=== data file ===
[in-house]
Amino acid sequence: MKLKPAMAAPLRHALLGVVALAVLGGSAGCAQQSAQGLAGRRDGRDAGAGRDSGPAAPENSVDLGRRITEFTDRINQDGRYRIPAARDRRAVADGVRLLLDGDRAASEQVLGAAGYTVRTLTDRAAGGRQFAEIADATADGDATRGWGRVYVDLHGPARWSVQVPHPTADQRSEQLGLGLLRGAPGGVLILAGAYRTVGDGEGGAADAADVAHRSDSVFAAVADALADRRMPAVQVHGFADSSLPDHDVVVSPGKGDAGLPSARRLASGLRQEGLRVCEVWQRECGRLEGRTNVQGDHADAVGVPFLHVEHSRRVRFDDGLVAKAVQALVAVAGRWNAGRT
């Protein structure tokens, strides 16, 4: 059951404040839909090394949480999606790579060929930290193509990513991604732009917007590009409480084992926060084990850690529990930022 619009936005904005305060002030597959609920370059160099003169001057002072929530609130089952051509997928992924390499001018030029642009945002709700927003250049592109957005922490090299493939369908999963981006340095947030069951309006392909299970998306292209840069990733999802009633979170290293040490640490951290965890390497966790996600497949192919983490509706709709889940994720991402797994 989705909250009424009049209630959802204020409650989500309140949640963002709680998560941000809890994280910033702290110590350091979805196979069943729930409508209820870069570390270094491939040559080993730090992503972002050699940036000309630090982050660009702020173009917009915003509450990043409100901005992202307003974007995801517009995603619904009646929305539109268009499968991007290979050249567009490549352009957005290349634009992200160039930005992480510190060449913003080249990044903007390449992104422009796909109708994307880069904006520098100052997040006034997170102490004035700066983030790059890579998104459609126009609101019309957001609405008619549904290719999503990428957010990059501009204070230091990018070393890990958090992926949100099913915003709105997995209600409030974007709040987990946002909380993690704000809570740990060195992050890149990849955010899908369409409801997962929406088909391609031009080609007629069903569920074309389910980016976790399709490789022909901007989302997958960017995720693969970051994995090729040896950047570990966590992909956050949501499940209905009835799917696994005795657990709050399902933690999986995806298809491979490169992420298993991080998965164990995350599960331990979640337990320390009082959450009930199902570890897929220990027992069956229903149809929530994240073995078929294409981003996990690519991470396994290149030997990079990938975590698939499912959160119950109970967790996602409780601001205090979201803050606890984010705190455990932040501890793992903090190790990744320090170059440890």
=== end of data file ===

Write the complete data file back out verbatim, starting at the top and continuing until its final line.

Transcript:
[in-house]
Amino acid sequence: MKLKPAMAAPLRHALLGVVALAVLGGSAGCAQQSAQGLAGRRDGRDAGAGRDSGPAAPENSVDLGRRITEFTDRINQDGRYRIPAARDRRAVADGVRLLLDGDRAASEQVLGAAGYTVRTLTDRAAGGRQFAEIADATADGDATRGWGRVYVDLHGPARWSVQVPHPTADQRSEQLGLGLLRGAPGGVLILAGAYRTVGDGEGGAADAADVAHRSDSVFAAVADALADRRMPAVQVHGFADSSLPDHDVVVSPGKGDAGLPSARRLASGLRQEGLRVCEVWQRECGRLEGRTNVQGDHADAVGVPFLHVEHSRRVRFDDGLVAKAVQALVAVAGRWNAGRT
């Protein structure tokens, strides 16, 4: 059951404040839909090394949480999606790579060929930290193509990513991604732009917007590009409480084992926060084990850690529990930022 619009936005904005305060002030597959609920370059160099003169001057002072929530609130089952051509997928992924390499001018030029642009945002709700927003250049592109957005922490090299493939369908999963981006340095947030069951309006392909299970998306292209840069990733999802009633979170290293040490640490951290965890390497966790996600497949192919983490509706709709889940994720991402797994 989705909250009424009049209630959802204020409650989500309140949640963002709680998560941000809890994280910033702290110590350091979805196979069943729930409508209820870069570390270094491939040559080993730090992503972002050699940036000309630090982050660009702020173009917009915003509450990043409100901005992202307003974007995801517009995603619904009646929305539109268009499968991007290979050249567009490549352009957005290349634009992200160039930005992480510190060449913003080249990044903007390449992104422009796909109708994307880069904006520098100052997040006034997170102490004035700066983030790059890579998104459609126009609101019309957001609405008619549904290719999503990428957010990059501009204070230091990018070393890990958090992926949100099913915003709105997995209600409030974007709040987990946002909380993690704000809570740990060195992050890149990849955010899908369409409801997962929406088909391609031009080609007629069903569920074309389910980016976790399709490789022909901007989302997958960017995720693969970051994995090729040896950047570990966590992909956050949501499940209905009835799917696994005795657990709050399902933690999986995806298809491979490169992420298993991080998965164990995350599960331990979640337990320390009082959450009930199902570890897929220990027992069956229903149809929530994240073995078929294409981003996990690519991470396994290149030997990079990938975590698939499912959160119950109970967790996602409780601001205090979201803050606890984010705190455990932040501890793992903090190790990744320090170059440890």